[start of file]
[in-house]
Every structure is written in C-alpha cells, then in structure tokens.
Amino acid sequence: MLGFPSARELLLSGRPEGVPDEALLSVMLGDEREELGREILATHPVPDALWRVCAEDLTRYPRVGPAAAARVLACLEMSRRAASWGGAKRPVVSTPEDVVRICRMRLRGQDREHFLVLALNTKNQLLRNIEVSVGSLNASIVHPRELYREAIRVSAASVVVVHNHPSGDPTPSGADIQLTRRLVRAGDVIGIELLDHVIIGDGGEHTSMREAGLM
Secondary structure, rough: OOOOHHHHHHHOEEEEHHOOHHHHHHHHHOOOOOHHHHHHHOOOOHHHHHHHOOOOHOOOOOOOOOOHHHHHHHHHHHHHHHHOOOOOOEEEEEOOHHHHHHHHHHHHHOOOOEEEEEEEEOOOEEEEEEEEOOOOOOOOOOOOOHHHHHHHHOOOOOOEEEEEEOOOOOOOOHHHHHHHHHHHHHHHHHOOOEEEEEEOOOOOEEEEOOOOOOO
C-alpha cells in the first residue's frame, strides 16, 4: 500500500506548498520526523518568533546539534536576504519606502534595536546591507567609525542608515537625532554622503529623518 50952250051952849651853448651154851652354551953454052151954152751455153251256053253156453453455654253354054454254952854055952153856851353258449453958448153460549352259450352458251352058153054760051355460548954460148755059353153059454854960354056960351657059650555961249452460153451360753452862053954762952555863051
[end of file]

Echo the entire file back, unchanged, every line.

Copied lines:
[in-house]
Every structure is written in C-alpha cells, then in structure tokens.
Amino acid sequence: MLGFPSARELLLSGRPEGVPDEALLSVMLGDEREELGREILATHPVPDALWRVCAEDLTRYPRVGPAAAARVLACLEMSRRAASWGGAKRPVVSTPEDVVRICRMRLRGQDREHFLVLALNTKNQLLRNIEVSVGSLNASIVHPRELYREAIRVSAASVVVVHNHPSGDPTPSGADIQLTRRLVRAGDVIGIELLDHVIIGDGGEHTSMREAGLM
Secondary structure, rough: OOOOHHHHHHHOEEEEHHOOHHHHHHHHHOOOOOHHHHHHHOOOOHHHHHHHOOOOHOOOOOOOOOOHHHHHHHHHHHHHHHHOOOOOOEEEEEOOHHHHHHHHHHHHHOOOOEEEEEEEEOOOEEEEEEEEOOOOOOOOOOOOOHHHHHHHHOOOOOOEEEEEEOOOOOOOOHHHHHHHHHHHHHHHHHOOOEEEEEEOOOOOEEEEOOOOOOO
C-alpha cells in the first residue's frame, strides 16, 4: 500500500506548498520526523518568533546539534536576504519606502534595536546591507567609525542608515537625532554622503529623518 50952250051952849651853448651154851652354551953454052151954152751455153251256053253156453453455654253354054454254952854055952153856851353258449453958448153460549352259450352458251352058153054760051355460548954460148755059353153059454854960354056960351657059650555961249452460153451360753452862053954762952555863051